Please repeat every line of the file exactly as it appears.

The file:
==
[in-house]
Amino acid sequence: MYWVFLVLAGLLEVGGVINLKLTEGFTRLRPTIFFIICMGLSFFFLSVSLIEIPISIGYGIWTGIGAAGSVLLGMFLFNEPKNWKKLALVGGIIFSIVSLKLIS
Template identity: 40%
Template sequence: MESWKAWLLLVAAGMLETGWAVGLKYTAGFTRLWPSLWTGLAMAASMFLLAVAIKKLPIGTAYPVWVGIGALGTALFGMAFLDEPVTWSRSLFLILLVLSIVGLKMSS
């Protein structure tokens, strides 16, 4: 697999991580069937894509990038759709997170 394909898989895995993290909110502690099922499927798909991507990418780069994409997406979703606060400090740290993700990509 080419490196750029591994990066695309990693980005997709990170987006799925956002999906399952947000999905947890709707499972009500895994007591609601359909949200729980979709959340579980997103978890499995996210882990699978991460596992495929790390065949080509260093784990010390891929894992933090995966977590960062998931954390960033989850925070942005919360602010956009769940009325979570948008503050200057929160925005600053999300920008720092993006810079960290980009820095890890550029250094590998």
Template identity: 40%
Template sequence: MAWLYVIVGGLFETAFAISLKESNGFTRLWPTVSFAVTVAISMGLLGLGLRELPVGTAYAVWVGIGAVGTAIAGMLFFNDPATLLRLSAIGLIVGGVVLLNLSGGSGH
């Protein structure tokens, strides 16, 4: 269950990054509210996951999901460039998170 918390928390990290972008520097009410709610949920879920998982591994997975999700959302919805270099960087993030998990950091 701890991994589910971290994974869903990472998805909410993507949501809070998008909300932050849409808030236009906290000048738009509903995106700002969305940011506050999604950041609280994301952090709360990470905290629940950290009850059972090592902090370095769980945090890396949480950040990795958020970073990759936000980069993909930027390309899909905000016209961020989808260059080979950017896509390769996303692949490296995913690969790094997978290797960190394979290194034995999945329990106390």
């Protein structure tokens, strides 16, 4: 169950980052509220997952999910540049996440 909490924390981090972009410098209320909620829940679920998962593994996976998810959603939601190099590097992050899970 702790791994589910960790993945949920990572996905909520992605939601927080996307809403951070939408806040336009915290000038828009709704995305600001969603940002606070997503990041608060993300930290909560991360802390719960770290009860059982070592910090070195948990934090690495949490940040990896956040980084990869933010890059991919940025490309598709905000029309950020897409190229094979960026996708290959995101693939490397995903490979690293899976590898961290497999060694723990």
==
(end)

[in-house]
Amino acid sequence: MYWVFLVLAGLLEVGGVINLKLTEGFTRLRPTIFFIICMGLSFFFLSVSLIEIPISIGYGIWTGIGAAGSVLLGMFLFNEPKNWKKLALVGGIIFSIVSLKLIS
Template identity: 40%
Template sequence: MESWKAWLLLVAAGMLETGWAVGLKYTAGFTRLWPSLWTGLAMAASMFLLAVAIKKLPIGTAYPVWVGIGALGTALFGMAFLDEPVTWSRSLFLILLVLSIVGLKMSS
């Protein structure tokens, strides 16, 4: 697999991580069937894509990038759709997170 394909898989895995993290909110502690099922499927798909991507990418780069994409997406979703606060400090740290993700990509 080419490196750029591994990066695309990693980005997709990170987006799925956002999906399952947000999905947890709707499972009500895994007591609601359909949200729980979709959340579980997103978890499995996210882990699978991460596992495929790390065949080509260093784990010390891929894992933090995966977590960062998931954390960033989850925070942005919360602010956009769940009325979570948008503050200057929160925005600053999300920008720092993006810079960290980009820095890890550029250094590998």
Template identity: 40%
Template sequence: MAWLYVIVGGLFETAFAISLKESNGFTRLWPTVSFAVTVAISMGLLGLGLRELPVGTAYAVWVGIGAVGTAIAGMLFFNDPATLLRLSAIGLIVGGVVLLNLSGGSGH
């Protein structure tokens, strides 16, 4: 269950990054509210996951999901460039998170 918390928390990290972008520097009410709610949920879920998982591994997975999700959302919805270099960087993030998990950091 701890991994589910971290994974869903990472998805909410993507949501809070998008909300932050849409808030236009906290000048738009509903995106700002969305940011506050999604950041609280994301952090709360990470905290629940950290009850059972090592902090370095769980945090890396949480950040990795958020970073990759936000980069993909930027390309899909905000016209961020989808260059080979950017896509390769996303692949490296995913690969790094997978290797960190394979290194034995999945329990106390």
């Protein structure tokens, strides 16, 4: 169950980052509220997952999910540049996440 909490924390981090972009410098209320909620829940679920998962593994996976998810959603939601190099590097992050899970 702790791994589910960790993945949920990572996905909520992605939601927080996307809403951070939408806040336009915290000038828009709704995305600001969603940002606070997503990041608060993300930290909560991360802390719960770290009860059982070592910090070195948990934090690495949490940040990896956040980084990869933010890059991919940025490309598709905000029309950020897409190229094979960026996708290959995101693939490397995903490979690293899976590898961290497999060694723990």